claim, the AEDPA circumscribes federal court review of those factual determinations. Conner v. McBride, 375 F.3d 643, 655 (7th Cir. 2004). A federal court's mere disagreement with a state court's determination of the facts is not a ground for relief. Rather, pursuant to § 2254(e), the state court's findings of fact are presumed correct, and it is the petitioner's burden to show by clear and convincing evidence that the state court's factual determinations are incorrect and unreasonable. Harding v. Walls, 300 F.3d 824, 828 (7th Cir. 2002). That is a heavy burden to carry. Douglas essentially raises two challenges to the state court's findings of fact. First, he asserts that Judge Dillon actually made no credibility determinations and therefore did not find the facts relevant to his case. He argues that the statement in the court's opinion that "the court need not assign blame, or find that one juror is lying and another telling the truth," means the judge didn't make a definitive factual finding. Judge Crabb found this argument to be "pure casuistry." We agree. After having heard the testimony of all 13 jurors, the state judge clearly held that Brown's and Schwab's testimony was not consistent and was "simply less credible" than the testimony of the remaining jurors. Although the judge did not rule explicitly that Brown or Schwab were "lying," he did find that "jurors Michael Bellcour, Jodi Brown, Richard Carey, Gary Allan, Gerald Amundson, Mark Warner, Donna Risseeuw, William Bladon, George Brunett, Chad Sisko . . . all testified truthfully and accurately about what happened in the jury deliberations" when they denied having knowledge of the petitioner's incarceration on unrelated charges. Also, by choosing to believe Hornung's testimony, the judge rejected the possibility that she revealed extraneous information to jurors Brown and Schwab. So the judge made a clear finding of fact--the credibility of the witnesses in this case--and we can't disregard that finding on this collateral review. It is not surprising that, when reconvened 15 months after Douglas's trial for a postconviction hearing, the jurors testified about some facts that were contradictory. But the most likely explanation for these contradictions is not a "grand conspiracy," as Douglas suggests, but rather the natural disintegration of the memory of an event that occurred a long time ago. Several jurors testified that they formed a belief that the petitioner was in custody because of the number of guards present in the courtroom or because of delays in returning the petitioner to the courtroom following recesses. It is well within the realm of possibility that jurors Brown and Schwab formed a similar belief and attributed their knowledge to the wrong source. Of course, the reverse scenario is possible as well. Perhaps other jurors learned of the petitioner's incarceration from juror Hornung and misattributed their knowledge to other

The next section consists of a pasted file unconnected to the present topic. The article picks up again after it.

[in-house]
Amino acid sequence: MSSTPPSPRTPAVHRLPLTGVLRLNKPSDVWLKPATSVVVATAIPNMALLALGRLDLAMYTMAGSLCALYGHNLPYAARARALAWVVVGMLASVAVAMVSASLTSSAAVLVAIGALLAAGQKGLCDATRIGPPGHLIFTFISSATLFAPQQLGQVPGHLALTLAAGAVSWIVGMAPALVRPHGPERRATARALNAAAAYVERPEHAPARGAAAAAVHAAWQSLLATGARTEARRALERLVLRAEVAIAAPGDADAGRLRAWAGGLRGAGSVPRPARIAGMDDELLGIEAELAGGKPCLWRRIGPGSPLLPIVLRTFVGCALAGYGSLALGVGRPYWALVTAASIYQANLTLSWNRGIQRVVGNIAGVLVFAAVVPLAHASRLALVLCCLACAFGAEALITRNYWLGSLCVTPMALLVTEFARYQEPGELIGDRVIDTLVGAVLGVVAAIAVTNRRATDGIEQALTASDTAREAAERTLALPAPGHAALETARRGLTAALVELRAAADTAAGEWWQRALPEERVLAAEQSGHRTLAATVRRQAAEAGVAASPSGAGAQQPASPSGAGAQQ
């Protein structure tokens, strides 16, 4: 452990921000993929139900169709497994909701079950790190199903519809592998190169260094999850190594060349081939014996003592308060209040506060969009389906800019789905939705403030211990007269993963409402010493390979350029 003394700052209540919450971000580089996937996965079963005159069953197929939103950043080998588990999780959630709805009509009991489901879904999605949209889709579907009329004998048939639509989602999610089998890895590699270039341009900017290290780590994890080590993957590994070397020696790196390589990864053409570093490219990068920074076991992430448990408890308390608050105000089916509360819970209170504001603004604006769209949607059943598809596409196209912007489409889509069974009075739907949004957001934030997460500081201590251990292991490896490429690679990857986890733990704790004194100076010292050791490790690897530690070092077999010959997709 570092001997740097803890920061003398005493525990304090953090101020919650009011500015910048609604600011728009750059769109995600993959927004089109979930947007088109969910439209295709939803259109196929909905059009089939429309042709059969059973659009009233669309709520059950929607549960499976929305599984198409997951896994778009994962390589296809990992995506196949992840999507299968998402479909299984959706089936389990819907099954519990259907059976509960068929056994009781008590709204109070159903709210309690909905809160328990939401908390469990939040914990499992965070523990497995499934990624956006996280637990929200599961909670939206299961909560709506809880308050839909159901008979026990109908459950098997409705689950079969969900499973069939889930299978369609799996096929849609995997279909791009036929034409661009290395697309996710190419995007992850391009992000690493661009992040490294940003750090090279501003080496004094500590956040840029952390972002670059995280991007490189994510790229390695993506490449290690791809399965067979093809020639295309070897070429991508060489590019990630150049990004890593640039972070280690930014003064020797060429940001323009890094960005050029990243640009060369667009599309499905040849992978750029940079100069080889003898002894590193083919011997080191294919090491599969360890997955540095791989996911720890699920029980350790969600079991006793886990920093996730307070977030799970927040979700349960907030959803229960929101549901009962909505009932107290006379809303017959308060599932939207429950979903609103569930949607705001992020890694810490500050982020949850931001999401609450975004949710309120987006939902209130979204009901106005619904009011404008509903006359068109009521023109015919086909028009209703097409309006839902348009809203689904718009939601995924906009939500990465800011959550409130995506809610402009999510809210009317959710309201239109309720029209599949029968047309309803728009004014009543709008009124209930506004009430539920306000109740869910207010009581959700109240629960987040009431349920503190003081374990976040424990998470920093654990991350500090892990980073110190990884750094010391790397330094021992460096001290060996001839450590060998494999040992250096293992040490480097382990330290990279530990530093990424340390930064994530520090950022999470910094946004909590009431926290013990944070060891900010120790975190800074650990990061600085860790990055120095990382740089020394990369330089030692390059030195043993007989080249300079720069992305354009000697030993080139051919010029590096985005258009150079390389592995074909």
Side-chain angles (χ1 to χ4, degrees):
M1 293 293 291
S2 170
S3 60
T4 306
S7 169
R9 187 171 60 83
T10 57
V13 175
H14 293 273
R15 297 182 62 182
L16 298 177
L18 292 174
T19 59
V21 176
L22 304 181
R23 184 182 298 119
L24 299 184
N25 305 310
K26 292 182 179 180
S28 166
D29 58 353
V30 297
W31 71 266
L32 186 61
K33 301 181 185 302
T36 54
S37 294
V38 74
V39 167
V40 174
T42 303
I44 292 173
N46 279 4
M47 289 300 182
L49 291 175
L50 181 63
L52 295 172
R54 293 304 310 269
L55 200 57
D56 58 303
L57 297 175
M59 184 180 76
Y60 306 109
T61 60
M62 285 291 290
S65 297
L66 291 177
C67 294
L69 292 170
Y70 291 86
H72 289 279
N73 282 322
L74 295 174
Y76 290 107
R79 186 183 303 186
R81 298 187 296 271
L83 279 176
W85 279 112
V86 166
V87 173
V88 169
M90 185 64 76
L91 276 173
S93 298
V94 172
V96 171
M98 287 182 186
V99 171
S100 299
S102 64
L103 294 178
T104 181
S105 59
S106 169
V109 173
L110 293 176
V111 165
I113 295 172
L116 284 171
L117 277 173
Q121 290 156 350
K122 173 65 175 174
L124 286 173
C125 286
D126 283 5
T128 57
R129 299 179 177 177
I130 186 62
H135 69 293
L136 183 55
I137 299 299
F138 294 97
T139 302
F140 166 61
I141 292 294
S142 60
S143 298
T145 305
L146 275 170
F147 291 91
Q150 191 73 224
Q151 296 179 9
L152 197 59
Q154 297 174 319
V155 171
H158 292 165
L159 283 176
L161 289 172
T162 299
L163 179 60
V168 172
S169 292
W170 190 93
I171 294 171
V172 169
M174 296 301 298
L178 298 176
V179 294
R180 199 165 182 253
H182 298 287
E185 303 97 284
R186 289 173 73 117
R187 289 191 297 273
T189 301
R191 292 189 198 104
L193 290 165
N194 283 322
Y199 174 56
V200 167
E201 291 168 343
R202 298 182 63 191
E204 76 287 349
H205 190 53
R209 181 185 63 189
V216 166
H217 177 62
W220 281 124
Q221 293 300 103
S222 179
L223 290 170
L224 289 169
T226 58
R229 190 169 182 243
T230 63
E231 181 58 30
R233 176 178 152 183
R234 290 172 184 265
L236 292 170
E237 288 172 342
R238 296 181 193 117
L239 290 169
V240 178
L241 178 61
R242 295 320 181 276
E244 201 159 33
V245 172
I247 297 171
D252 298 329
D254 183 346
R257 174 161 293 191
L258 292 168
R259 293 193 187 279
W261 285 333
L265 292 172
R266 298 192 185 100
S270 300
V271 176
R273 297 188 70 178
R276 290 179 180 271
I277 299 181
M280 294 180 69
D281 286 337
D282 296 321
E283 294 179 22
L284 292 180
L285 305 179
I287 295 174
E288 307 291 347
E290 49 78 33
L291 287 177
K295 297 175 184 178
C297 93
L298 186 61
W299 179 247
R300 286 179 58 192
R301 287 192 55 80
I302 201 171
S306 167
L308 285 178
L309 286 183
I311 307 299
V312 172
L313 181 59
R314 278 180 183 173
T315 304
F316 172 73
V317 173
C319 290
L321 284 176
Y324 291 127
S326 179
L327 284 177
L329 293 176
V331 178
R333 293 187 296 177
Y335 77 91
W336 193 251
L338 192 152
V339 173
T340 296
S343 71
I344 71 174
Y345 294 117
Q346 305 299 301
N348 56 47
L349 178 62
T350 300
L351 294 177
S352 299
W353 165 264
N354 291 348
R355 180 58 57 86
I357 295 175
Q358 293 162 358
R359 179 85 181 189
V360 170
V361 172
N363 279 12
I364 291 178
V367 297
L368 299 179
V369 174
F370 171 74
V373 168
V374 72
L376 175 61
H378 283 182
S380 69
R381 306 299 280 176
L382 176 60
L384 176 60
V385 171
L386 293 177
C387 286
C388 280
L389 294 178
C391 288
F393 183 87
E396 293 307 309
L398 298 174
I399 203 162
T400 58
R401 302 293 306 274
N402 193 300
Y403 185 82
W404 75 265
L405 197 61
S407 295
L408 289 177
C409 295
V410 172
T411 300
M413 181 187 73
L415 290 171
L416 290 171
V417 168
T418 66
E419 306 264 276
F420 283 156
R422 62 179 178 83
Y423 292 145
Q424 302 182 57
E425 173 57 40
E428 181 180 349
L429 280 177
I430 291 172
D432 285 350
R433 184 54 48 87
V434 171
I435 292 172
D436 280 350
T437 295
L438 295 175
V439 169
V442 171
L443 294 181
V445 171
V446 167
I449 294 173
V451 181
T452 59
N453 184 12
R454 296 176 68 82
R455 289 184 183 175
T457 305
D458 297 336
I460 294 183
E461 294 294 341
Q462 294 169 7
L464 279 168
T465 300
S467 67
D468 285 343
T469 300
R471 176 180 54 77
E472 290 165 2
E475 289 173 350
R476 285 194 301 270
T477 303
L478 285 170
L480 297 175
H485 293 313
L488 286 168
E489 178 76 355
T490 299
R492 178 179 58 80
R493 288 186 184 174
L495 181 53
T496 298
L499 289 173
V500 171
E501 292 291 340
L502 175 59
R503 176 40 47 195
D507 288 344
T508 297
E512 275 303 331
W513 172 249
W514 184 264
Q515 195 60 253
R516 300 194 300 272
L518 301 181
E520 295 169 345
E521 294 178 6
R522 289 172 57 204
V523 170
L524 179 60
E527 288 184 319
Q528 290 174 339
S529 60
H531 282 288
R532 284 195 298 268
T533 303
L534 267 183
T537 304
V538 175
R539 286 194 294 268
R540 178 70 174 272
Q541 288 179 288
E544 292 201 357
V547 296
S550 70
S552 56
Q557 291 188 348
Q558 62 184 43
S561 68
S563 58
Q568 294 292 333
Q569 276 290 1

inferences they had drawn. Regardless, in concluding that the testimony of the vast majority of jurors was more credible than the testimony of jurors Brown and Schwab, the state trial judge did not act unreasonably within the meaning of 28 U.S.C. § 2254(e). Therefore, because Douglas has not rebutted the presumption in favor of the trial court's finding that no extraneous information reached the jury, we, like the district court, need not decide whether such information would have prejudiced him. The judgment of the district court is AFFIRMED.